What’s next for retiring professor Dr. Carol Cirka?

Photograph Courtesy of Ursinus Communications

Xichang Wu

xiwu@ursinus.edu

     After 18 years of dedication to Ursinus College, Dr. Carol Cirka will retire this year from the business and economics department.

     “Up until a couple of years ago, I couldn’t envision myself retiring. I couldn’t envision myself not continuing to work for the foreseeable future,” Cirka said.

     According to Cirka, one of the things that changed her vision for the future was the collaborative opportunity that she had over the last year with Ursinus alumni and longtime Ursinus trustee, Will Abele ’61, and his wife Joan Abele. Cirka worked with the Abeles to help start the Abele Family Foundation, a non-profit organization that helps students who face significant challenges to further their education post high school. Cirka enjoyed her time working with them and plans to continue to work with the Abele Family Foundation on a more flexible schedule after retiring from Ursinus.

     After retirement Cirka also hopes to travel more, and spend more time with family, especially with her grandchildren.

      Cirka looks forward to the retirement: “I worked for a long time; it’s time to take a break.”

     Over the years, Cirka has taught classes on business management, strategy, research methods, leadership ethics and human resource management. She is also the co-founder and co-director of the U-Imagine Center for Integrative and Entrepreneurial Studies along with Dr. Rebecca Jaroff of the English department.

     During her time at Ursinus, Cirka sought to disseminate entrepreneurship on campus. The creation of the U-Imagine Center was a big part of this effort.

     “[The] U-Imagine Center was [created] to provide a bridge for students between what they are experiencing as a part of their undergraduate education and how [their] skills can be applied no matter where [they] work,” Cirka elaborated.

     Reflecting on her teaching style, Cirka explained the importance of this applied-focus for students. ”I’m demanding . . .  I like to take whatever I’m teaching and show how it relates to what students are going to be doing in their careers.”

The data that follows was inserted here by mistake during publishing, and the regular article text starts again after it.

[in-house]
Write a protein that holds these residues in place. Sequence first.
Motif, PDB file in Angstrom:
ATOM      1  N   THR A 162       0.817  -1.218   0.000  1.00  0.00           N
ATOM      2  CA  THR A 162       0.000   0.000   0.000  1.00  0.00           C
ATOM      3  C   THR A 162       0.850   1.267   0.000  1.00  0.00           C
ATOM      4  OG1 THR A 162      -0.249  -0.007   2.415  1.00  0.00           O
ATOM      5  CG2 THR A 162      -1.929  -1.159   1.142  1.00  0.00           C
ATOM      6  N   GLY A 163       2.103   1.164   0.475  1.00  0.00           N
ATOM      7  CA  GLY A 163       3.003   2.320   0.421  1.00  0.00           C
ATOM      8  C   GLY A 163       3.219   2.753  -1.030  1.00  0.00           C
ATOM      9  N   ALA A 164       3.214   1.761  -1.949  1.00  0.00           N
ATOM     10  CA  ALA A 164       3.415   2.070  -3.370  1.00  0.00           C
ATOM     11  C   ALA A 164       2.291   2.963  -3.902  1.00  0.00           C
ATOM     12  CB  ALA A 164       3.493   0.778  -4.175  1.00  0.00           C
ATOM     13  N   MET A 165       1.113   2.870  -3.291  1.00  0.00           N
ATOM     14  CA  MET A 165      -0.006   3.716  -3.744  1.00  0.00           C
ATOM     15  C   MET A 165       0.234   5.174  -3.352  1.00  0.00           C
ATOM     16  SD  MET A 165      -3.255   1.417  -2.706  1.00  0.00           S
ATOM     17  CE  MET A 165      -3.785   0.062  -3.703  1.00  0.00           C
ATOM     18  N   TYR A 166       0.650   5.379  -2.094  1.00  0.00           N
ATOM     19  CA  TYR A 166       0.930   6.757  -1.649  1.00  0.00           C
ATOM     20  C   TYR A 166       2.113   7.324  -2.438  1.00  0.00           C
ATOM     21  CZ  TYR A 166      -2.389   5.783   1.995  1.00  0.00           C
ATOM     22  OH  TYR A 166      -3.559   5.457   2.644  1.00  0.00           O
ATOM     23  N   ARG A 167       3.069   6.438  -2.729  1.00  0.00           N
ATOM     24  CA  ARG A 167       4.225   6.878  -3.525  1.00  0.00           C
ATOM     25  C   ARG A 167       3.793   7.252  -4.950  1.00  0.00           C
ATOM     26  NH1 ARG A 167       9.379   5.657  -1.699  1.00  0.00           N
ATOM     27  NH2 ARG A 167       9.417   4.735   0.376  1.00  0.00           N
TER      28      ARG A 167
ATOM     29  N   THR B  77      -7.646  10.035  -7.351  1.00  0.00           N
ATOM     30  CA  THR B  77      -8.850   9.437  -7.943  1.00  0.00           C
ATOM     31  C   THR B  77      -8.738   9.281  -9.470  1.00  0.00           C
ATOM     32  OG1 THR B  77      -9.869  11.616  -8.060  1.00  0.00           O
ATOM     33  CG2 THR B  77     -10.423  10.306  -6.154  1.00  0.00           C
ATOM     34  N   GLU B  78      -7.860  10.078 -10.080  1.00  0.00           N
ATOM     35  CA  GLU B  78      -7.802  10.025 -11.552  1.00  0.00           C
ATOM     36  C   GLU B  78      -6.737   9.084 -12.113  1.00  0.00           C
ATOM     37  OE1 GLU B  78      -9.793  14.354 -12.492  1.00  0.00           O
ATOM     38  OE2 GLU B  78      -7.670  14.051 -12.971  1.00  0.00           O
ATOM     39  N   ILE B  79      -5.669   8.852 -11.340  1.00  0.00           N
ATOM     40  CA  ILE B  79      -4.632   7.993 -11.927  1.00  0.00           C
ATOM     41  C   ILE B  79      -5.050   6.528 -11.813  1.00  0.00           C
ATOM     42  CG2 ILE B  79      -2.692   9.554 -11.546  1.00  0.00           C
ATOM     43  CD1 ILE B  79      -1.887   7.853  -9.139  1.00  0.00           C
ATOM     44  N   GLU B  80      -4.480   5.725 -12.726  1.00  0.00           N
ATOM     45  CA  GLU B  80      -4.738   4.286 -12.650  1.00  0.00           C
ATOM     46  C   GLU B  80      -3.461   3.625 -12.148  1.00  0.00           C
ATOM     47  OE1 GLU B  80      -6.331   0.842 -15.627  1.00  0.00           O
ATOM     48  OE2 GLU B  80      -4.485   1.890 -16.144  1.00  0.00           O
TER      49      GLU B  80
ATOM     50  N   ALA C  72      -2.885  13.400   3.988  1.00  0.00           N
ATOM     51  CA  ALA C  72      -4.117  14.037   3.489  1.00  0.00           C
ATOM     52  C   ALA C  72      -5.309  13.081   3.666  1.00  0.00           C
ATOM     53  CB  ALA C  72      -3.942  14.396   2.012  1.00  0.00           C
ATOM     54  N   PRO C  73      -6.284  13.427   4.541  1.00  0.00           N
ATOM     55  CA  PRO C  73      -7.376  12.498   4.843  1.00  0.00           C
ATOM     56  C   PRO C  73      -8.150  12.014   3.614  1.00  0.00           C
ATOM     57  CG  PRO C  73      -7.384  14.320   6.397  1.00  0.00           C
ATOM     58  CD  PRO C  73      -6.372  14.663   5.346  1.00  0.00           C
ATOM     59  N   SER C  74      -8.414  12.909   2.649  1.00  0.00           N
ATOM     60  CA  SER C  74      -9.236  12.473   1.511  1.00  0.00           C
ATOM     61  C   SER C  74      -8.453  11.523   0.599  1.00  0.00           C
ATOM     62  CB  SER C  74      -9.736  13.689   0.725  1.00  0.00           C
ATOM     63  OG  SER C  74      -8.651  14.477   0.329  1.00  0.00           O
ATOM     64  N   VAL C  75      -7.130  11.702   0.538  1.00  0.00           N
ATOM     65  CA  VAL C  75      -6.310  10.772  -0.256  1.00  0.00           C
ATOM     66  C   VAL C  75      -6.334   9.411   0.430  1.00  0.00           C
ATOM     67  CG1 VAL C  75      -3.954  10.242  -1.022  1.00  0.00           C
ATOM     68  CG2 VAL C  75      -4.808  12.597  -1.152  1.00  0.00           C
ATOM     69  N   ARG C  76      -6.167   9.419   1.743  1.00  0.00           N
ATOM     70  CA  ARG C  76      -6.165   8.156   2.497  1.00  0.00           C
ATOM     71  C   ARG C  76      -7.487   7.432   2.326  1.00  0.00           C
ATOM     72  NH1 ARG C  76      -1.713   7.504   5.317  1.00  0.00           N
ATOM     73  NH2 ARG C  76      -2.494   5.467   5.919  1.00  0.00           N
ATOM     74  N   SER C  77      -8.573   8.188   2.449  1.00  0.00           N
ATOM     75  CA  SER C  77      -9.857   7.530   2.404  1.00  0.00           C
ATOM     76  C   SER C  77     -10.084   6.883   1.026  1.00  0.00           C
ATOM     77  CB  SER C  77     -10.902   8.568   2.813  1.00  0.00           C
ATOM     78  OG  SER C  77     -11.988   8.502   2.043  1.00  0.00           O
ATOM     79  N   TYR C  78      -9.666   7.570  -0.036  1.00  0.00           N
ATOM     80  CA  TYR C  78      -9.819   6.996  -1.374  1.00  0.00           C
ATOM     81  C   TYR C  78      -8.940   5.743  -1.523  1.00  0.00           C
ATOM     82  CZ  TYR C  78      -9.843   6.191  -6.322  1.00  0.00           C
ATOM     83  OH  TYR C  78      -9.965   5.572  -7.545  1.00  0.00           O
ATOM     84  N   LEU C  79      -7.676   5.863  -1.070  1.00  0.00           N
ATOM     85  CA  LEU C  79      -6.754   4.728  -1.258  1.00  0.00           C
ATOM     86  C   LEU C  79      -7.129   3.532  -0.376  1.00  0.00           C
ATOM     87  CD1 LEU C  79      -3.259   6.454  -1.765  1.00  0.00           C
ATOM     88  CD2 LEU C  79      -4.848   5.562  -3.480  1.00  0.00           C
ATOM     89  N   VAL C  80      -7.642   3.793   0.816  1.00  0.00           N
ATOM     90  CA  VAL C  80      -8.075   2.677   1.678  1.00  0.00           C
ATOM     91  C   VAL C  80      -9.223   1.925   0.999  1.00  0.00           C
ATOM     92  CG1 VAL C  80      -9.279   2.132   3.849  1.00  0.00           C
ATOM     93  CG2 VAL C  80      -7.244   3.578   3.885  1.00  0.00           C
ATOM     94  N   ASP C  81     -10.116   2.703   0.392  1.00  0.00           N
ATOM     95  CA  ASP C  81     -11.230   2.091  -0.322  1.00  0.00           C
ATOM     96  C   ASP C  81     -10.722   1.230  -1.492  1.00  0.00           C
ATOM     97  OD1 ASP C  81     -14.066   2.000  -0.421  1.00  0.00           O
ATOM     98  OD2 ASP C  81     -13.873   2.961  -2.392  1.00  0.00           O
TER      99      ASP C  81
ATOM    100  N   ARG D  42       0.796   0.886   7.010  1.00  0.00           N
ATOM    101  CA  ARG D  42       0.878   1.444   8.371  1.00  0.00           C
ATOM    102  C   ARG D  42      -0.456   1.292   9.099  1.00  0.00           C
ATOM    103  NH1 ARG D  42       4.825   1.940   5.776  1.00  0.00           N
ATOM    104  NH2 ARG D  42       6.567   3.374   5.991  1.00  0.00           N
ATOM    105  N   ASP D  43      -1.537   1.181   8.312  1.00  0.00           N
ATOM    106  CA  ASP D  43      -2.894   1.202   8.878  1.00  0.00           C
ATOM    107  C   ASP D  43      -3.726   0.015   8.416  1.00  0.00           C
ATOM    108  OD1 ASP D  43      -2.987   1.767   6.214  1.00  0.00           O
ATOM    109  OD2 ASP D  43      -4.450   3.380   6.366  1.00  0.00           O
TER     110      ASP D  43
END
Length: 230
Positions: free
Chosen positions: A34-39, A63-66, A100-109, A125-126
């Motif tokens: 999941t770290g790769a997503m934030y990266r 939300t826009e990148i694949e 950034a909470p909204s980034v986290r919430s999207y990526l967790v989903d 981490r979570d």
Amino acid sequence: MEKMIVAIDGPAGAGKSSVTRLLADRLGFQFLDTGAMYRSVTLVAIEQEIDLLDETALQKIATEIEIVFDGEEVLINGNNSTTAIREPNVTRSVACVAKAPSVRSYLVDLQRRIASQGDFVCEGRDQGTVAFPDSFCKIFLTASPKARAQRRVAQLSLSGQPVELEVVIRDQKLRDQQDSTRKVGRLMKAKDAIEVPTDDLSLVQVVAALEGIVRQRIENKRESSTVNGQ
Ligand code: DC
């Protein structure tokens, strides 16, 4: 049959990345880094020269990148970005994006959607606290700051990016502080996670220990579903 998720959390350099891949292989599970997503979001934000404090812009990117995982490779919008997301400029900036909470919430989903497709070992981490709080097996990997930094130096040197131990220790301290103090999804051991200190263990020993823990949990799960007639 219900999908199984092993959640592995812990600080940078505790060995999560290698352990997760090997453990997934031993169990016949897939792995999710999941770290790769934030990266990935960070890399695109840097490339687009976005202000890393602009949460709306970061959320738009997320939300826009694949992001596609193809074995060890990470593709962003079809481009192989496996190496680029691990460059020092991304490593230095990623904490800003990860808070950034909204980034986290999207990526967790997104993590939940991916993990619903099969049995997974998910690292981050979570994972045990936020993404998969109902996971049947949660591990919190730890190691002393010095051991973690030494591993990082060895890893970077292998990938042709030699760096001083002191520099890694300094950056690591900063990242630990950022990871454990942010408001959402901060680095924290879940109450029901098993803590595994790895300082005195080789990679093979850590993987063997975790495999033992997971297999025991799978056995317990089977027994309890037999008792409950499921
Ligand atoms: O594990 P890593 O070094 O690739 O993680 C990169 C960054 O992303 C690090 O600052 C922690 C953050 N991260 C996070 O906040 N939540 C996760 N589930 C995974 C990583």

Cirka noted that she likes to use various teaching methods, particularly the experiential learning method, where she can use activities to get students out of the Ursinus bubble. According to Cirka, her purpose as a teacher was to have students leave Ursinus with “the knowledge that they can compete anywhere against anybody and be successful.”

     Danielle Kuller, a senior applied economics major with minors in management study and psychology, praised Cirka’s work and teaching style. Said Kuller, “[Cirka] is one of the smartest professors I’ve ever had. Her class is always interesting and informative . . . She pushes you to be a better student and think more critically.”

     Another legacy that Cirka will leave at Ursinus is a project she collaborated on with five other professors concerning the influences of digital technology. The project consists of classes with a wide variety of topics such as digital storytelling, analytics in digital marketing, and psychological changes through digital contents.

     According to Cirka, “the cluster of classes has to do with [how] what we do has changed because of digital technology and platforms . . . [It] doesn’t matter what your major is or your plans, you should be comfortable in a digital world. The classes go well beyond what many students are comfortable with right now, which is social media and using computers.”

     Cirka wants students to be successful in utilizing the information and the technology that the digital world has to offer, instead of solely being consumers of that technology. Although Cirka will not teach any of the courses because of her retirement, she believes these classes will integrate well with the new core curriculum.

     The only concern Cirka has about retirement is that she will miss the people of Ursinus, especially her colleagues from the business and economics department.

     “I will miss the day-to-day [at our department]. We are a fun department, we get along and we work well together. We know how to enjoy our jobs [while taking them] seriously,” said Cirka.

     Before she leaves Ursinus, Cirka would like to offer some advice to students: “Work hard, be an excellent communicator, learn fast, [and] adapt quickly to the working environment. The rest [of your job experience] will teach you”.